Madeleine (Olivia Williams) is a beautiful but repressed woman married to Rickie (Paul Bettany), a successful businessman. It’s 1934, and they live in a fashionable neighborhood in London. Madeleine's sister Dinah (Helena Bonham Carter) is an unsettled bohemian with liberal political ideas and a love of poetry and art. Following the funeral of their father, their mother (Eleanor Bron) says that he was proud of Madeleine but Dinah made him happy. Rickie is attracted to the independent streak in his sister-in-law, and one day when she decides to take a walk in the rain with no umbrella, he looks at her with a yearning in his heart. It is her passion for life and her disregard for social convention that stirs his libido.
When Rickie learns that Dinah is engaged to marry a dullard, he makes the forceful order to her in private that she break off the relationship. Madeleine is very upset with her sister, regarding this relationship as her one chance to find a place in society and not be seen as an embarrassment. Rickie helps Dinah get set up an apartment, and they begin a passionate love affair which results in her pregnancy. At one point, she shares with him a favorite quotation from a poem by William Blake: "And throughout all eternity / I forgive you and you forgive me." Neither has any idea what a major role that sentiment will play in their family circle.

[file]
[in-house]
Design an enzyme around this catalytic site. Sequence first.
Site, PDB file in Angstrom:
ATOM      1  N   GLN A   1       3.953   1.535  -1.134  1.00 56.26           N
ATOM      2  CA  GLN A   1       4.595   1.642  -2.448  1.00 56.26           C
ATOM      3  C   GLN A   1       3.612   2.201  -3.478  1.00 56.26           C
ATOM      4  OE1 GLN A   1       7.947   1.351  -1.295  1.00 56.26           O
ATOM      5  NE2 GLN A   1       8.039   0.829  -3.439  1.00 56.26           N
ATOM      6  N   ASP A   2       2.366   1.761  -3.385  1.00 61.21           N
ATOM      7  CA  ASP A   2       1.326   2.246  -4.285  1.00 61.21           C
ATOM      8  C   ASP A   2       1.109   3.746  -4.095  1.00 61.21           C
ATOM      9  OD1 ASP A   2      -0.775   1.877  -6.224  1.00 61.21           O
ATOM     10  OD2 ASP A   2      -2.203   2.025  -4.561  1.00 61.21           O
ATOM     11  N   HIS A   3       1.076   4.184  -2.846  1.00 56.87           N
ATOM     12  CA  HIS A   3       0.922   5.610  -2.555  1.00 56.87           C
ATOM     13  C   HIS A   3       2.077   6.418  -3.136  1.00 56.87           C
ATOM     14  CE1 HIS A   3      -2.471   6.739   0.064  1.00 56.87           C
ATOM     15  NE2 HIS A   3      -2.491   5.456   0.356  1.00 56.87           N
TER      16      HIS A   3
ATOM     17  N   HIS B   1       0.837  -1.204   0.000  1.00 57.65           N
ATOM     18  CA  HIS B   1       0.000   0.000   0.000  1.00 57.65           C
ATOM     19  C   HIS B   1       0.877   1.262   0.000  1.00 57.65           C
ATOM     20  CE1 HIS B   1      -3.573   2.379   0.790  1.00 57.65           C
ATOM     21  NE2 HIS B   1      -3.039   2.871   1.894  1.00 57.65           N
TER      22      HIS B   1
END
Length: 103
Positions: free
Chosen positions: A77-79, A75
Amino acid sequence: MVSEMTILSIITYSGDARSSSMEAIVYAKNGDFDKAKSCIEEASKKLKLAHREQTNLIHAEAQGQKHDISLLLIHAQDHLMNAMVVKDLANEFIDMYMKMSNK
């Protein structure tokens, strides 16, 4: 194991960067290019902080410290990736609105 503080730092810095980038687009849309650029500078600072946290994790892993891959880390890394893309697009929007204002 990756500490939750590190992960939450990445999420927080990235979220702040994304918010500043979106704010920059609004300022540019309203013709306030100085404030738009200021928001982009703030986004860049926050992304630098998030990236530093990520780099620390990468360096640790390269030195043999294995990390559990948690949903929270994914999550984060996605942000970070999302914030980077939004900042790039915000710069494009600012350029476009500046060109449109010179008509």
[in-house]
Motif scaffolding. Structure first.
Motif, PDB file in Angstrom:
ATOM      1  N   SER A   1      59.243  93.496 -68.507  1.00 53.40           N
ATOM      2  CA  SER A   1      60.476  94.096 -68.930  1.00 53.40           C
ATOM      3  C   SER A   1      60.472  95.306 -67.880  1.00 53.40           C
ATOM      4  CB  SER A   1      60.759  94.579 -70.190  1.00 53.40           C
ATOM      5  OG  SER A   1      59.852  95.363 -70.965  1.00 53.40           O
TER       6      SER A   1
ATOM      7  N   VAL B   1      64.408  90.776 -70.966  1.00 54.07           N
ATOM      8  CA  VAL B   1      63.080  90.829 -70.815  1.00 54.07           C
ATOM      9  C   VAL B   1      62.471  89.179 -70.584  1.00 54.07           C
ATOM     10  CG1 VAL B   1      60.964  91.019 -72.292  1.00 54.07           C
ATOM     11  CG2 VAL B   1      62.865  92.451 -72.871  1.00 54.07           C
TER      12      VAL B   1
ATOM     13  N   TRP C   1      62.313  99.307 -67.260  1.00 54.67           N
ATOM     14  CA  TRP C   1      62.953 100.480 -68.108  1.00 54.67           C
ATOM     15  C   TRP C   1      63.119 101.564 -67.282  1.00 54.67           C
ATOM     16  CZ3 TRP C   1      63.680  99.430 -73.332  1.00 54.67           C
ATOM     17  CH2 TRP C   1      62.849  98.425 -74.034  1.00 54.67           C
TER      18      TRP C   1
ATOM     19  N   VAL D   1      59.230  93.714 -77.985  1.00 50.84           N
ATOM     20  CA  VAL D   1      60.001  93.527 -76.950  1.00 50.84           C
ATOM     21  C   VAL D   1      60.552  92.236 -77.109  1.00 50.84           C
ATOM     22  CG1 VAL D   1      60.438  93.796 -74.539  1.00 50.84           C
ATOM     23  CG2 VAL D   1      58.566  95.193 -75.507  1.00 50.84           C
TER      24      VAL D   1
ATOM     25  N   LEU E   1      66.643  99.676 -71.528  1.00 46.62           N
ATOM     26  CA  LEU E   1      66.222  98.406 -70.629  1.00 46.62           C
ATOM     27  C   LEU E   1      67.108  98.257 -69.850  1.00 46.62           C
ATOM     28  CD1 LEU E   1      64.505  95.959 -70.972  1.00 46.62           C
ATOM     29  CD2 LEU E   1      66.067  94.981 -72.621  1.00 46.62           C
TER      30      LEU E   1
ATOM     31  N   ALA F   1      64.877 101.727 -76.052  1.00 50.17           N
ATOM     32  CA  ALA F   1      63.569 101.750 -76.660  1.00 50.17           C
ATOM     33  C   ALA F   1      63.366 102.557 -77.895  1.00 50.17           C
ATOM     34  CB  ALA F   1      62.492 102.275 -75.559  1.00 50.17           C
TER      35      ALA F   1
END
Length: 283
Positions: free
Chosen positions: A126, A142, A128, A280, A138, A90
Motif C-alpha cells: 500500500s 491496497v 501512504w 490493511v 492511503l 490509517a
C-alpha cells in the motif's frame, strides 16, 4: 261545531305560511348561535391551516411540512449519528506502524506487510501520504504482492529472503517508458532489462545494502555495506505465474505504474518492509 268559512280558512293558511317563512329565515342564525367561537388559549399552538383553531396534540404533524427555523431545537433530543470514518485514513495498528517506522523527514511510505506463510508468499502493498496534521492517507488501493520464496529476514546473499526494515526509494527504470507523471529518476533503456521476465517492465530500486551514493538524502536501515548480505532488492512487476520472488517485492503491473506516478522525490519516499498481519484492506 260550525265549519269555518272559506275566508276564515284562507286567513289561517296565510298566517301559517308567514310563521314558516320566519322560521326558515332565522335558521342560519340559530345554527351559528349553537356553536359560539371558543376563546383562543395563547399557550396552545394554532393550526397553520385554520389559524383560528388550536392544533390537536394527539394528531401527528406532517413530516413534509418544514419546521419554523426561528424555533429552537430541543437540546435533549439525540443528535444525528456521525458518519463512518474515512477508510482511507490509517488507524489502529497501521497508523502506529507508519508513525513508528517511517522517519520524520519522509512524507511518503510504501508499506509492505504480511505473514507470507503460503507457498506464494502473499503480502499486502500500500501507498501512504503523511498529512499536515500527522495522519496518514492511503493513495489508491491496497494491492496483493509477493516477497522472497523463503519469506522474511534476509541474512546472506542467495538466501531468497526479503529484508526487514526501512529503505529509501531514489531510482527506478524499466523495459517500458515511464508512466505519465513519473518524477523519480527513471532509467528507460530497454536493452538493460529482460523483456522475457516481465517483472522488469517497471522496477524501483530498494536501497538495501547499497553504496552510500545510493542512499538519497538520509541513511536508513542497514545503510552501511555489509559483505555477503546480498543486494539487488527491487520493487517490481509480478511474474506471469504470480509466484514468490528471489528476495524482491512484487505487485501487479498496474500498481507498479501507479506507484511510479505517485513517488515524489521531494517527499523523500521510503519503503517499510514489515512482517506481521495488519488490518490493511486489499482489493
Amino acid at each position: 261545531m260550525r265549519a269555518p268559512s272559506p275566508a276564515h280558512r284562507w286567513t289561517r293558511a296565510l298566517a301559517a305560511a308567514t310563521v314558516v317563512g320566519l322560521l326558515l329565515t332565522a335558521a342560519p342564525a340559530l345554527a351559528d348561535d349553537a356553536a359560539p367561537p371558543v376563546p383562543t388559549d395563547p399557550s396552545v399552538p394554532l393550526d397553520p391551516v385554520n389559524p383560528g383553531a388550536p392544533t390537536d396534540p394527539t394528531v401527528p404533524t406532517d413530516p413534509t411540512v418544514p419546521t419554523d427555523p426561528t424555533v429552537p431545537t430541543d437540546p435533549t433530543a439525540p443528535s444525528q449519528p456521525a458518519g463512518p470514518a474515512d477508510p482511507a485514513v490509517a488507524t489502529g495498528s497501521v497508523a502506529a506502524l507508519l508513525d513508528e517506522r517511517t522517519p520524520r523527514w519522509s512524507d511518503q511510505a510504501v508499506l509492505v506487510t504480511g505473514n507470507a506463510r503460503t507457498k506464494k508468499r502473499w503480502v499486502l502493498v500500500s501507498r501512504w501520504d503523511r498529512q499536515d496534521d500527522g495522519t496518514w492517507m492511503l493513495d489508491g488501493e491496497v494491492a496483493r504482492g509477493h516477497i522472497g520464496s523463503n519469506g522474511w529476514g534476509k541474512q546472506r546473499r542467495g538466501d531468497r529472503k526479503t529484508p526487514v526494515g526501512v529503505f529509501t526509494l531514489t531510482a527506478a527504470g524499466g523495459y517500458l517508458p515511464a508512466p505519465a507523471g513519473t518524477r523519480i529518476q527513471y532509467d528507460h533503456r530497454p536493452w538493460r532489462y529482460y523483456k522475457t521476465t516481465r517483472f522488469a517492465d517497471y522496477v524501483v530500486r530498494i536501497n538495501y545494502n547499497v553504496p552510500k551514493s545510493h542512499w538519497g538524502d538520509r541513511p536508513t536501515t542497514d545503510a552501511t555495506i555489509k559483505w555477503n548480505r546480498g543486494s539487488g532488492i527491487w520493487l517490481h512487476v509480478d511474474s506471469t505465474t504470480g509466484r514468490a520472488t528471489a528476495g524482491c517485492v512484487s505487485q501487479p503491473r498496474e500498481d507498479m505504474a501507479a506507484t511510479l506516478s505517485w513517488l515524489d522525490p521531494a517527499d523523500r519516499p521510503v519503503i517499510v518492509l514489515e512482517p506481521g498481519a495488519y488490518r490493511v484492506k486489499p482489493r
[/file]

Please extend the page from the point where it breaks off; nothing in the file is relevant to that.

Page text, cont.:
Thaddeus O'Sullivan directs this somber drama from a screenplay by Lucinda Coxon based on the 1953 best-seller "The Echoing Grove" by Rosamond Lehmann. The story leaps ahead to l946 revealing some startling developments resulting from the affair that has set sister against sister. Olivia Williams is very convincing as the socially proper Madeleine, a woman whose life turns sour with anger and resentment against the primal betrayal of her by Dinah. At first, she extracts revenge but then over the years, she mellows and realizes there is another option.
This well-realized English film explores two powerful forces: the shattering consequences of adultery and the healing nature of forgiveness. "Without forgiveness, life is governed by an endless cycle of resentment and retaliation," Robert Assagoli wisely observed. It is very difficult to soften toward those who have brought us down and caused great suffering in our lives. When we can see that we are all flawed and vulnerable human beings, it is easier to release the heavy burden of hatred and initiate a reconciliation. Watching Madeleine open her heart toward her sister is the best part of this film. It is both a precious gift and an enlightening experience.